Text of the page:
In my experience, ballet teachers who tell you to be yourself are very rare.  When you get a step wrong, most of the time they will tell you to watch another girl in the class and do it liker her, or that girl will be called up to the front of the studo to proudly demonstrate for the whole class.  Everyone is then told to copy her.  In general, it seems like most dancers learn by copying, rather than knowing when they are doing a step right or not.


When I first started studying with a private coach at 12, she was aghast at how little I knew about ballet steps and positions.  She would quiz me about what croise, ecarte, or en face meant, or what the different arabesques were, and couldn't believe that I didn't really know.  I was just used to copying what the teacher showed, or what the other dancers did.  She called this "monkey see, monkey do" dancing, and proceeded to thoroughly reeducate me. The problem was that I had been looking up to the other girls in my class as the standards of perfection, instead of learning to appreciate my own dancing.  It's so important to know your craft inside and out, so that you can really become an artist, not just a very good mimic.


However, we all have our idols.  Mine is Sara Mearns, from NYCB.  I wish I could dance like her--so full of attack and abandon, yet lyrical and and soft when she needs to be.  Everyone has a dancer they admire and want, or try to emulate, but it's important not to lose confidence in knowing that your own dancing is worth emulating as well.

Latest Posts

Getty Images

7 Eco-Friendly Choices Dancers Can Make to Green Up Their Lifestyles

Ballet dancers are known for their empathy and willingness to improve, so it is no surprise that many are educating themselves about the environment and incorporating sustainable habits into their lives. "I recently read that there are more microplastics in our oceans than there are stars in our galaxy. That really hit me," says American Ballet Theatre corps member Scout Forsythe, who has been making an effort to be more environmentally conscious.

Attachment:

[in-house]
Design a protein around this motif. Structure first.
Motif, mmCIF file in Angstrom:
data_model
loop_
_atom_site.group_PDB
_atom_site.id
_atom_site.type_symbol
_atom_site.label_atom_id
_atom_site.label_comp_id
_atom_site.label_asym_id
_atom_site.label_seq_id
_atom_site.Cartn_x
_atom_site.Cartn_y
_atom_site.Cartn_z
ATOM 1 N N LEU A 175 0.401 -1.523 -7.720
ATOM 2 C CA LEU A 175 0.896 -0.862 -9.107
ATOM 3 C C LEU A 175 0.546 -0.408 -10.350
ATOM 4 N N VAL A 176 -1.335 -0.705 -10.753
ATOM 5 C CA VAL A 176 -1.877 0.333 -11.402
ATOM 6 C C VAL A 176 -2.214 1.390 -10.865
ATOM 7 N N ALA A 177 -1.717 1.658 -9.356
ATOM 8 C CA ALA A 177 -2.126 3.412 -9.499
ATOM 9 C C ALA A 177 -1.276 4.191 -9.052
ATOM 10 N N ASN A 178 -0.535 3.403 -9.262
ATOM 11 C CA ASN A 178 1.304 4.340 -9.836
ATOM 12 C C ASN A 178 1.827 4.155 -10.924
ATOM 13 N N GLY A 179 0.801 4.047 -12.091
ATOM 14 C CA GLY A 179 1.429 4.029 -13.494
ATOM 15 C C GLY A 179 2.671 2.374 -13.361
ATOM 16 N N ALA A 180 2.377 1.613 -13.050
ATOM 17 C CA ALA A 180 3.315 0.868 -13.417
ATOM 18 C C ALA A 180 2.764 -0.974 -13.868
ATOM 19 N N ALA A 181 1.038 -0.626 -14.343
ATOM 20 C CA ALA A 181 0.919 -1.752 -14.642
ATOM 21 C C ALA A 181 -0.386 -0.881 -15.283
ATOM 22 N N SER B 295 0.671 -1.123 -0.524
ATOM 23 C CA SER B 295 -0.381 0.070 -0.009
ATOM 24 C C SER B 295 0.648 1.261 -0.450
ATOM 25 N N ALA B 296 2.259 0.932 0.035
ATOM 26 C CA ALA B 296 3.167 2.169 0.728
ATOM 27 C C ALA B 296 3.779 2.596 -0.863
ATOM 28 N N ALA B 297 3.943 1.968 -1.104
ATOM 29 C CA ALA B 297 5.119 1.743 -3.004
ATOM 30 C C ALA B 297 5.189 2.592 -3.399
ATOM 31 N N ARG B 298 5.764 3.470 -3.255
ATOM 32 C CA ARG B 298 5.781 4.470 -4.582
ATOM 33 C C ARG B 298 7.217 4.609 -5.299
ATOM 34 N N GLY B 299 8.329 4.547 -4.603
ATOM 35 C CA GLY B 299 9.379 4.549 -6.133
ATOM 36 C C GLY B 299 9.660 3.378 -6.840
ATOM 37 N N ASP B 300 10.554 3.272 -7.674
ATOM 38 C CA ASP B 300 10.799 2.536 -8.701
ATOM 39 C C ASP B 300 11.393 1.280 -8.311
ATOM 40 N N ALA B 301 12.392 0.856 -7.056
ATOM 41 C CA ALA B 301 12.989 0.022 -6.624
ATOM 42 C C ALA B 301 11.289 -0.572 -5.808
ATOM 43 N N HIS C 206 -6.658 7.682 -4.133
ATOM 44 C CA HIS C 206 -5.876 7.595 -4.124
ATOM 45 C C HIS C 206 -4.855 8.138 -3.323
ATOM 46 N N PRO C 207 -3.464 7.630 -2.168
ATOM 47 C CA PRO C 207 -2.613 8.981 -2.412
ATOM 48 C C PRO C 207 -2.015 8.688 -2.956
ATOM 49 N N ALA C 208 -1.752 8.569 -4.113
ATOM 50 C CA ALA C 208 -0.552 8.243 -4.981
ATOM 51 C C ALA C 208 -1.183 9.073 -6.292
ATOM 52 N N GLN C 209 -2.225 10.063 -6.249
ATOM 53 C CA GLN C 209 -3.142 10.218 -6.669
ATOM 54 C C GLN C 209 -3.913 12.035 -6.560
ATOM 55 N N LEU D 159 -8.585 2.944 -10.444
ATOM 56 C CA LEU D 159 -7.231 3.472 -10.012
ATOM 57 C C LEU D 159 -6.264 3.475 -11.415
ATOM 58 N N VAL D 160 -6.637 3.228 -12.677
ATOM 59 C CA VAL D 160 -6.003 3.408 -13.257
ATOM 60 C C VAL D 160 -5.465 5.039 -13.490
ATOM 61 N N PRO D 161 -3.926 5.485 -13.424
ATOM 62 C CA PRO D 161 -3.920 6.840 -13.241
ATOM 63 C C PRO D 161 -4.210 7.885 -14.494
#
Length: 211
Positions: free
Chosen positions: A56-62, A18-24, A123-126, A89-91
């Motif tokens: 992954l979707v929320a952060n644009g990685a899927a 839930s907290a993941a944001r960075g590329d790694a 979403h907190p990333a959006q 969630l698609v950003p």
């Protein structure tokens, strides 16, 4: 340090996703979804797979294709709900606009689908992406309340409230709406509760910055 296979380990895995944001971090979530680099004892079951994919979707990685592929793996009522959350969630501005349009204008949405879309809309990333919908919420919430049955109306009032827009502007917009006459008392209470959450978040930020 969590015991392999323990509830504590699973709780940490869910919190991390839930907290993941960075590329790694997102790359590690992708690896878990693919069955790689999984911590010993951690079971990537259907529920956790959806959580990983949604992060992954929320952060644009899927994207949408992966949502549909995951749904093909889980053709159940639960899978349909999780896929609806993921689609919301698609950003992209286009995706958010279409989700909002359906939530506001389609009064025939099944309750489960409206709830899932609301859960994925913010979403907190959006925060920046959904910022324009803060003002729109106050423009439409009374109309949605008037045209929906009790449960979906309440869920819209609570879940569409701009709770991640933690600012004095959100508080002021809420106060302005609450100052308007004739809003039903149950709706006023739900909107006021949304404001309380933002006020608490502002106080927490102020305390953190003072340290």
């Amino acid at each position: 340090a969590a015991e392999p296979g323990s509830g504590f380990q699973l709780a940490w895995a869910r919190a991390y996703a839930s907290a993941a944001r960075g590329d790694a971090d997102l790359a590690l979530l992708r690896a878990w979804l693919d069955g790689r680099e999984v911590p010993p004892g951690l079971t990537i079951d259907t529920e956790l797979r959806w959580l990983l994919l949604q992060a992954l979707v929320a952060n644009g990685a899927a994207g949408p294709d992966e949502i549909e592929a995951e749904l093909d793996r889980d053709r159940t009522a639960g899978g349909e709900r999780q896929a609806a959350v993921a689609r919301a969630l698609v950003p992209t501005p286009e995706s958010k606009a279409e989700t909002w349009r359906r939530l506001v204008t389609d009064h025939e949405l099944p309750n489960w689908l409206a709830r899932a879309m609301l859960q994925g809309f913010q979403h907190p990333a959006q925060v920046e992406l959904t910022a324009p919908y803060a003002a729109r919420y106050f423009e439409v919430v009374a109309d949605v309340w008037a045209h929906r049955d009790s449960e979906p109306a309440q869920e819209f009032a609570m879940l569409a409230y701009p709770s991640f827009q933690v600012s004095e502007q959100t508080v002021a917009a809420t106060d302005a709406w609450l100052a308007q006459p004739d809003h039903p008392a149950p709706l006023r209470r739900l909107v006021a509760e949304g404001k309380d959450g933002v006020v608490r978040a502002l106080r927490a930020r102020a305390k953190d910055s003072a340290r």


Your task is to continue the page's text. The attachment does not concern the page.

Although no one can fix the climate crisis on their own, we can make small, everyday changes to help decrease waste, consumption and emissions. Here are some suggestions for dancers looking to do their part in helping our planet.

Keep reading SHOW LESS
Left to right: Dance Theatre of Harlem's Daphne Lee, Amanda Smith, Lindsey Donnell and Alexandra Hutchinson in a scene from Dancing Through Harlem. Derek Brockington, Courtesy Dance Theatre of Harlem

Dancers Share Their Key Takeaways After a Year of Dancing on Film

Creating dances specifically for film has become one of the most effective ways that ballet companies have connected with audiences and kept dancers employed during the pandemic. Around the world, dance organizations are finding opportunities through digital seasons, whether conceiving cinematic, site-specific pieces or filming works within a traditional theater. And while there is a consistent sentiment that nothing will ever substitute the thrill of a live show, dancers are embracing this new way of performing.

Keep reading SHOW LESS
Alexandra McMaster

Start Your Dance Day With This Delicious Berry Breakfast Crisp Recipe

When it comes to breakfast, I want it to be easy and convenient but still taste delicious. My Berry Breakfast Crisp is just that. You can bake the crisp on the weekend as meal prep, then enjoy it throughout the week cold or warmed in the microwave. It freezes well, too!

Keep reading SHOW LESS

Editors' Picks